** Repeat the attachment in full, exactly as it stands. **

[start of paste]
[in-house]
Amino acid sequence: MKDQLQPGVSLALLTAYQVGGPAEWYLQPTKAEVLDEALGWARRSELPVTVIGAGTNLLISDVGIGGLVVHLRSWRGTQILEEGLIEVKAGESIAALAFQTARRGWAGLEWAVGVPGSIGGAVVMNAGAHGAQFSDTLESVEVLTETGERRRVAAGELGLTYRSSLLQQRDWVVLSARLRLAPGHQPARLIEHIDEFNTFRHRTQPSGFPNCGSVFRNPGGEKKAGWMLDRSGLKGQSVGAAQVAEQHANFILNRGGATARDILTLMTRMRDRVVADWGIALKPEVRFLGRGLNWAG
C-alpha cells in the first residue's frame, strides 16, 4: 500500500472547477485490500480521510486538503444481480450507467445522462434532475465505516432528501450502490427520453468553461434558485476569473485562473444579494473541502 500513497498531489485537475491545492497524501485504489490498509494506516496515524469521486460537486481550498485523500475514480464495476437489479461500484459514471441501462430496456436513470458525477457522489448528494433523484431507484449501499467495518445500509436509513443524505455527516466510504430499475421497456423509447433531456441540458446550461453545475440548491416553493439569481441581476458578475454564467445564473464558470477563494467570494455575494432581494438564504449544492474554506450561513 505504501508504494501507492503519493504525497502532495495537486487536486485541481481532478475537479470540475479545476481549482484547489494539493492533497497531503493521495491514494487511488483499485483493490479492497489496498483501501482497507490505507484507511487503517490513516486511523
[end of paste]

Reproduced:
[in-house]
Amino acid sequence: MKDQLQPGVSLALLTAYQVGGPAEWYLQPTKAEVLDEALGWARRSELPVTVIGAGTNLLISDVGIGGLVVHLRSWRGTQILEEGLIEVKAGESIAALAFQTARRGWAGLEWAVGVPGSIGGAVVMNAGAHGAQFSDTLESVEVLTETGERRRVAAGELGLTYRSSLLQQRDWVVLSARLRLAPGHQPARLIEHIDEFNTFRHRTQPSGFPNCGSVFRNPGGEKKAGWMLDRSGLKGQSVGAAQVAEQHANFILNRGGATARDILTLMTRMRDRVVADWGIALKPEVRFLGRGLNWAG
C-alpha cells in the first residue's frame, strides 16, 4: 500500500472547477485490500480521510486538503444481480450507467445522462434532475465505516432528501450502490427520453468553461434558485476569473485562473444579494473541502 500513497498531489485537475491545492497524501485504489490498509494506516496515524469521486460537486481550498485523500475514480464495476437489479461500484459514471441501462430496456436513470458525477457522489448528494433523484431507484449501499467495518445500509436509513443524505455527516466510504430499475421497456423509447433531456441540458446550461453545475440548491416553493439569481441581476458578475454564467445564473464558470477563494467570494455575494432581494438564504449544492474554506450561513 505504501508504494501507492503519493504525497502532495495537486487536486485541481481532478475537479470540475479545476481549482484547489494539493492533497497531503493521495491514494487511488483499485483493490479492497489496498483501501482497507490505507484507511487503517490513516486511523